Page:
“Hand in hand with food insecurity is nutrition insecurity and the vast body of research demonstrates that poor nutrition has a myriad of negative health effects,” James Griffiths, Ph.D., CRN's SVP of international and scientific affairs, told NutraIngredients-USA.
“Our recently released ‘Supplements to Savings’ study illustrates that getting adequate levels of magnesium, dietary fiber, omega-3 fatty acids and vitamin K2 all can lower the insistence and societal healthcare costs for coronary artery disease (CAD),” Dr. Griffiths added.
“CRN called out these nutrition-access concerns to the White House Conference on Hunger, Nutrition & Health last week, reminding them that efforts to address hunger must include getting good nutrition to at-risk populations,” Dr. Griffiths continued. CRN submitted comments regarding the conference, advocating for including multivitamin/mineral (MVMs) supplements in Supplemental Nutrition Assistance Plan (SNAP) benefits.
In addition, CRN’s Chairman’s Challenge to #Act4Access inspired members to volunteer or donate to non-profits in an effort to increase access to nutrition and nutrition education between June and September.
Tomorrow, Now, New, Next attendees will have the opportunity to #Act4Access with their industry colleagues, volunteering at St. Mary's Food Bank as a group.
What's next: CRN will compile member efforts from the Chairman’s Challenge as the Nutrition Access Task Force plans next steps and will present them at a webinar on Nov. 16.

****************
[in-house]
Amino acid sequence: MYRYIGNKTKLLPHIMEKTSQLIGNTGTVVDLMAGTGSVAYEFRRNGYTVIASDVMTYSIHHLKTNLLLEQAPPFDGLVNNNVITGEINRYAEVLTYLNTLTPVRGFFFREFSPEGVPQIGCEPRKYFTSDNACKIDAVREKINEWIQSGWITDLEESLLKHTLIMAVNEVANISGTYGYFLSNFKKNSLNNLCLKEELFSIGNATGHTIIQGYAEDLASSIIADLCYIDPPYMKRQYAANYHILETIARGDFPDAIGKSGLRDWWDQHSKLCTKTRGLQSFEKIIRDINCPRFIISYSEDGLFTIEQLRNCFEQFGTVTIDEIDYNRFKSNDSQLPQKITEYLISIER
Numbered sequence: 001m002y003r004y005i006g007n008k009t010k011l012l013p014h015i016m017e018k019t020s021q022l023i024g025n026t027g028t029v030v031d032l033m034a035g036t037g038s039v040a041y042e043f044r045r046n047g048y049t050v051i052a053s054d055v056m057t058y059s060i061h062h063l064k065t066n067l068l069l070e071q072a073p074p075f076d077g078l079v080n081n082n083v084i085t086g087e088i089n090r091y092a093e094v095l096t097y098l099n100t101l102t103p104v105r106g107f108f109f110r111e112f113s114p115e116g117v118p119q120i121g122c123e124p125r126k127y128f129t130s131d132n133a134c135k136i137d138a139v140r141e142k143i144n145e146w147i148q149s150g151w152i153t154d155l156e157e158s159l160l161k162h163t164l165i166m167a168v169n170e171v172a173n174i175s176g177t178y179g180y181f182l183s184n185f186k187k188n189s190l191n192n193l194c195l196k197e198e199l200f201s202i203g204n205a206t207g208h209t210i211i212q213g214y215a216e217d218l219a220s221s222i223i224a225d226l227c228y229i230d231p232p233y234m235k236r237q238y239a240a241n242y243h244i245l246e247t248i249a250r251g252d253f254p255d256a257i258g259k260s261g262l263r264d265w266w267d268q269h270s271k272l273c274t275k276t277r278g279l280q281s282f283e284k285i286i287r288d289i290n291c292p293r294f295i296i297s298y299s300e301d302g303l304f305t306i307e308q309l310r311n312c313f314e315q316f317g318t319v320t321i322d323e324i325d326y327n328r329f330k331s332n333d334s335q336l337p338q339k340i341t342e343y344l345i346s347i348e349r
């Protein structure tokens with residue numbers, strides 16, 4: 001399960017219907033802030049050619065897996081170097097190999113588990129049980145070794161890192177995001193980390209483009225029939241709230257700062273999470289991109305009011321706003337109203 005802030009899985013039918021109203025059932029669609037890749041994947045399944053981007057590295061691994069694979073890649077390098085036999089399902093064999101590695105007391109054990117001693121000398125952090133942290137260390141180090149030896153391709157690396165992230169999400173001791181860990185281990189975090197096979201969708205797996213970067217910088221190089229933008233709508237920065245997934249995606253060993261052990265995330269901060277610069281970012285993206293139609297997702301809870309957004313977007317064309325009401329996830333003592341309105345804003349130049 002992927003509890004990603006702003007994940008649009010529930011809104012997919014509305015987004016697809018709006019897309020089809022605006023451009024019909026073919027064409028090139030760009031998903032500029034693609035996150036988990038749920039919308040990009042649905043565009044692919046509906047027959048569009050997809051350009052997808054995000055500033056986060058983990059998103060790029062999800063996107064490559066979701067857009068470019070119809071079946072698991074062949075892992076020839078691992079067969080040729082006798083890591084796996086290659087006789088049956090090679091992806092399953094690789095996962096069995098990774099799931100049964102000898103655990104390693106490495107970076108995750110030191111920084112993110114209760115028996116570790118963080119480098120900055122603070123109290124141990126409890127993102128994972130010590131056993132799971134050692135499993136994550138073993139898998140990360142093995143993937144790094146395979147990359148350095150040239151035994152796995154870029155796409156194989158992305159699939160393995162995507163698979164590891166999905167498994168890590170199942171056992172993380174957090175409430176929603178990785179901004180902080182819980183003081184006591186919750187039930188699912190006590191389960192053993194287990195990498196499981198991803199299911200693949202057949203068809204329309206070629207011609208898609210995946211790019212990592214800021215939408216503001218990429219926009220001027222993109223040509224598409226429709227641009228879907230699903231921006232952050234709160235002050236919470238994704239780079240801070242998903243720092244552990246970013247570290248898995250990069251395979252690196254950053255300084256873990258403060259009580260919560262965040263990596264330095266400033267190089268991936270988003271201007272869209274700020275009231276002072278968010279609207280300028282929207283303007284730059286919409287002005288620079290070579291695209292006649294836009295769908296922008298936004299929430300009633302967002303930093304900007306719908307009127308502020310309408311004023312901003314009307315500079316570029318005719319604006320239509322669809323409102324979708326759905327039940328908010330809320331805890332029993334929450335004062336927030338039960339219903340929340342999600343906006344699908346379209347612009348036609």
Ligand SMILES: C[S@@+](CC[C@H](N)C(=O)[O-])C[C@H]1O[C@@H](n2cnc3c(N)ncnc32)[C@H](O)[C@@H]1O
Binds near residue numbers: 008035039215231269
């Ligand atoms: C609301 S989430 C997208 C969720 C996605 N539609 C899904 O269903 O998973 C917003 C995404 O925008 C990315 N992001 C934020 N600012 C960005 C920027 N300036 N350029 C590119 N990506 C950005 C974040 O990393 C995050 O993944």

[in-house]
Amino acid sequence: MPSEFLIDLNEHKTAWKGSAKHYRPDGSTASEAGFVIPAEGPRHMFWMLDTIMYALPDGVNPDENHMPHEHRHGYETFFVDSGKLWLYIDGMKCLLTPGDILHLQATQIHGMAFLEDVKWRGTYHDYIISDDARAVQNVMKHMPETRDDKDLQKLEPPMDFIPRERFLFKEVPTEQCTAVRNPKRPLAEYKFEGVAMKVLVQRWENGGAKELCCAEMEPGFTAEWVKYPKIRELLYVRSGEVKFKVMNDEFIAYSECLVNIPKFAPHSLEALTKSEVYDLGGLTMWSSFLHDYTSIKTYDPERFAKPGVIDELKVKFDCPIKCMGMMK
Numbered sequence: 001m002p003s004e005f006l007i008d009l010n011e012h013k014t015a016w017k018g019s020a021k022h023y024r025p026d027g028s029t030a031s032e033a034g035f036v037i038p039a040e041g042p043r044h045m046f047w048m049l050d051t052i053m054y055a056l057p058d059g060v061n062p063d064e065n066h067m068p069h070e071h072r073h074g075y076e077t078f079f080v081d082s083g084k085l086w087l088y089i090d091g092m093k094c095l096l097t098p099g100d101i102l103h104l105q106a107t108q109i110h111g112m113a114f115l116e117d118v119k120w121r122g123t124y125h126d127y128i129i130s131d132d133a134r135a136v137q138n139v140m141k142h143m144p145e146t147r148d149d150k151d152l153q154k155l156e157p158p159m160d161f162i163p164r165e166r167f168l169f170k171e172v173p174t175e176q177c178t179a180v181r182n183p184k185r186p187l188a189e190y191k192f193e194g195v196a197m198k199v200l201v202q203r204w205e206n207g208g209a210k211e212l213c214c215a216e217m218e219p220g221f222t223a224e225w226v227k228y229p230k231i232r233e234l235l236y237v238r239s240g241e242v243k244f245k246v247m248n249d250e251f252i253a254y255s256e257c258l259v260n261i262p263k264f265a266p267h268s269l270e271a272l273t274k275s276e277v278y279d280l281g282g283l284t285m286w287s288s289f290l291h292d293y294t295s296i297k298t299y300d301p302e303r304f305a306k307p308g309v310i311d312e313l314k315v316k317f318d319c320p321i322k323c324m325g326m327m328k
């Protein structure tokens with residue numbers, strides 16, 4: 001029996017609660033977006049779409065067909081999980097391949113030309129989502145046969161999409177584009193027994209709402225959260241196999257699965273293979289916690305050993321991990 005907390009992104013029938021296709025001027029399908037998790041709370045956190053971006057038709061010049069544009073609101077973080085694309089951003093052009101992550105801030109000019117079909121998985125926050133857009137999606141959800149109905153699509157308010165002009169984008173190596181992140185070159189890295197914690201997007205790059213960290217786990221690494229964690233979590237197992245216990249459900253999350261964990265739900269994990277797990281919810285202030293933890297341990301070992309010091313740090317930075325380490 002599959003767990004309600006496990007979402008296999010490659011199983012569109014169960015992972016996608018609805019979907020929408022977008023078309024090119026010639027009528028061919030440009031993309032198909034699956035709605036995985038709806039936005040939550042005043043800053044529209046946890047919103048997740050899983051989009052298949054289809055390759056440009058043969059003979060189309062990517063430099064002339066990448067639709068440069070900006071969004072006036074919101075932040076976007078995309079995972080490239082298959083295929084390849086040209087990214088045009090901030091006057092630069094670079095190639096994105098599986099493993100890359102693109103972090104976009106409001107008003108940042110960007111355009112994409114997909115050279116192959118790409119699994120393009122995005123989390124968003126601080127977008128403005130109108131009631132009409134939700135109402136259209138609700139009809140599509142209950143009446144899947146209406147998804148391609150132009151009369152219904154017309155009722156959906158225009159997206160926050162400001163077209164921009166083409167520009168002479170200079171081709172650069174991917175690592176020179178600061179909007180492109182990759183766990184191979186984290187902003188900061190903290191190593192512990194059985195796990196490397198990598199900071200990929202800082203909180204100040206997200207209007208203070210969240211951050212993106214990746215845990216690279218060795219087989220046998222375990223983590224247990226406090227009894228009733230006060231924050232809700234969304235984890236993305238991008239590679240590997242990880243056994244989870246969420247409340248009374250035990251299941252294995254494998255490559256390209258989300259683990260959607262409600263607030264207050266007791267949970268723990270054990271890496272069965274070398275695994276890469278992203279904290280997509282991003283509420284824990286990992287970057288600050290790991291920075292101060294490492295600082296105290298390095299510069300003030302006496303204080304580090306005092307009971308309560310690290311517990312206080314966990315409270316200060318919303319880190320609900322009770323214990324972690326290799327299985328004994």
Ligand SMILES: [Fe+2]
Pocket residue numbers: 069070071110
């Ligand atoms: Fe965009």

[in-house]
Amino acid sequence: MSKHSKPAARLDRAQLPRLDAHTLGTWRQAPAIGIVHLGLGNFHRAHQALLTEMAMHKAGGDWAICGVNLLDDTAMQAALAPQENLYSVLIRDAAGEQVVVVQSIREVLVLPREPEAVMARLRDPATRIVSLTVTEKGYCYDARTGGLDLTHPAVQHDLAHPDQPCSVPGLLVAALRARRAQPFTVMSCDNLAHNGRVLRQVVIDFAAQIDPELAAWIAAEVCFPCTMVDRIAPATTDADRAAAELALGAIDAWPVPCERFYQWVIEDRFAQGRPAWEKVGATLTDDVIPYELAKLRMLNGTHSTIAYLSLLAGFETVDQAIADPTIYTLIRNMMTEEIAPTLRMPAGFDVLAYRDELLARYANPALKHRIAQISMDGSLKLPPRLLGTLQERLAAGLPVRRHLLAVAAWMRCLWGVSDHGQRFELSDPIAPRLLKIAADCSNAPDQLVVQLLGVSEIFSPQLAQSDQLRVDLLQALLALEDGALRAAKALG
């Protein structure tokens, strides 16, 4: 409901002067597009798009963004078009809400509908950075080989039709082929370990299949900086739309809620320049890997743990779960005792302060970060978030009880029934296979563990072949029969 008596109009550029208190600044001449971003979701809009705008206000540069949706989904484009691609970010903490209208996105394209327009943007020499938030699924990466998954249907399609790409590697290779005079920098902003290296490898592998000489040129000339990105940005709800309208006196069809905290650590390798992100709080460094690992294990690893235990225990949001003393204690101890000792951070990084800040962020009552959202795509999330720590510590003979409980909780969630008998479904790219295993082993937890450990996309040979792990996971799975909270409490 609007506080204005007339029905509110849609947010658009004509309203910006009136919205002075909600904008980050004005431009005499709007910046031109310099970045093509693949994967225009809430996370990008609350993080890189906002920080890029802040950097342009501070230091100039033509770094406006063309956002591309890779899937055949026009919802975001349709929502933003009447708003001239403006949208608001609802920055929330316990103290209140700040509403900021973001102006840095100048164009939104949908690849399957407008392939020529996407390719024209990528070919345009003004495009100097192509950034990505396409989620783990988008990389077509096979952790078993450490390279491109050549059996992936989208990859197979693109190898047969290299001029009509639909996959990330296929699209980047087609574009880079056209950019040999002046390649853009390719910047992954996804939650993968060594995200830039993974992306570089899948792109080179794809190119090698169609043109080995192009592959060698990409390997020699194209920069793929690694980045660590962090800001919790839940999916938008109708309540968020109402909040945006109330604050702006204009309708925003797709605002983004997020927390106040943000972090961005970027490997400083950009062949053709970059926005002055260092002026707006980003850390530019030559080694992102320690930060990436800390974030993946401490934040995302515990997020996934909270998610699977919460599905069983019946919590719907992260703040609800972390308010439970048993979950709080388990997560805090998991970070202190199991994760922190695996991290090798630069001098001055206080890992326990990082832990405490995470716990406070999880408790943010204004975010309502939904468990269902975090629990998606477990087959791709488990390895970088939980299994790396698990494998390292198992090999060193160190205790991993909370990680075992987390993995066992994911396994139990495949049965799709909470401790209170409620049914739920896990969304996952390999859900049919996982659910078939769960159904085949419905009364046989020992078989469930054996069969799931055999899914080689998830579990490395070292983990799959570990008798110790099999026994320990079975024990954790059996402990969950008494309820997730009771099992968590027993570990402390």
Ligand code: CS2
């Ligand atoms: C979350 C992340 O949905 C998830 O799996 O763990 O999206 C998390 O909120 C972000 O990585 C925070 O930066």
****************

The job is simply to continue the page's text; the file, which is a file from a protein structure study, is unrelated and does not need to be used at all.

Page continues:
‘Supplements to Savings’ report presents data on calcium, vitamin D, and osteoporosis
Share CRN Foundation social media graphics about calcium, vitamin D, and osteoporosis.
World Osteoporosis Day is Oct. 20 and the CRN Foundation is highlighting new data from its “Supplements to Savings” report on how supplementation with calcium and vitamin D can improve quality of life and reduce health care costs associated with osteoporotic fractures.
Access report resources on calcium and vitamin D to:
Download PDF one-pager on health care cost savings associated with calcium and vitamin D supplementation.
Share CRN’s social media graphics
By the numbers: The report found significant health care cost savings from the use of calcium (1,000 mg per day) and vitamin D (15 mcg per day) supplements by the target population:
13.3% of the target population of U.S. adults 50 years and older currently take calcium and vitamin D supplements.
There is a 14.4% reduction in risk of osteoporotic fracture from the use of these supplements.
Net savings from the use of calcium and vitamin D supplements is $19.92 billion on average per year, 2022–2030.
Savings still on the table that could be realized if the entire at-risk population was to take calcium and vitamin D supplements at the preventive daily intake levels is $17.27 billion.
Go deeper: The full “Calcium & Vitamin D and Osteoporosis" chapter discusses the burden and social consequences of osteoporosis and includes a scientific literature review as well as an analysis of the economic implications with detailed data.